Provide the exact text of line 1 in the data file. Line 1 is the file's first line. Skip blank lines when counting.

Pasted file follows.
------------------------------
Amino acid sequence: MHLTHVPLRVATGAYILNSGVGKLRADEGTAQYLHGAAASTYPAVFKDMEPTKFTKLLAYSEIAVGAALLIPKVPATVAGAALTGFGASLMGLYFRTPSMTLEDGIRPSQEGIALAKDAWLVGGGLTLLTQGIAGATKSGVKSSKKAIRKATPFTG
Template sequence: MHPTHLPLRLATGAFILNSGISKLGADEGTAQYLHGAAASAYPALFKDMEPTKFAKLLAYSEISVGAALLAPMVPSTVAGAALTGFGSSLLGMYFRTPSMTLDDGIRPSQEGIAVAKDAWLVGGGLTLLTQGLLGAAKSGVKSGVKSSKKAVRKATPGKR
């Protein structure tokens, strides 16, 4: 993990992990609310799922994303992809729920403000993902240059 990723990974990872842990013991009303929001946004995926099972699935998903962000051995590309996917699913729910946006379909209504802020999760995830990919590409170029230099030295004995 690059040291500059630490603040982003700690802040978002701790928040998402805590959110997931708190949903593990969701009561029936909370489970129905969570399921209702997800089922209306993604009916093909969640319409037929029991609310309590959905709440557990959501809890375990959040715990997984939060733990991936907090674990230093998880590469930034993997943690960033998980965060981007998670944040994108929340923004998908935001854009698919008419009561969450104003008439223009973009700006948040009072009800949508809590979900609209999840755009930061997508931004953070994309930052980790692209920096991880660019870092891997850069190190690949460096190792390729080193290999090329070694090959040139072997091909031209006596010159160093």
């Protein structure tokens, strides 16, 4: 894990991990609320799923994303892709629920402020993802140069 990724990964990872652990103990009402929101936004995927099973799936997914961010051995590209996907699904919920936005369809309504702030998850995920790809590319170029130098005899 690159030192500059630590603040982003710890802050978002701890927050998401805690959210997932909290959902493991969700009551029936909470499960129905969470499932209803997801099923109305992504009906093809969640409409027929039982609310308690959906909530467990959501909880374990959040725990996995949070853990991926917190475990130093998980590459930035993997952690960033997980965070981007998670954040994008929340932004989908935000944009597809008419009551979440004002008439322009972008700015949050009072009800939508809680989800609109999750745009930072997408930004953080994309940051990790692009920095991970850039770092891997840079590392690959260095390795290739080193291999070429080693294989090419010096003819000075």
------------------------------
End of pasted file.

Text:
Amino acid sequence: MHLTHVPLRVATGAYILNSGVGKLRADEGTAQYLHGAAASTYPAVFKDMEPTKFTKLLAYSEIAVGAALLIPKVPATVAGAALTGFGASLMGLYFRTPSMTLEDGIRPSQEGIALAKDAWLVGGGLTLLTQGIAGATKSGVKSSKKAIRKATPFTG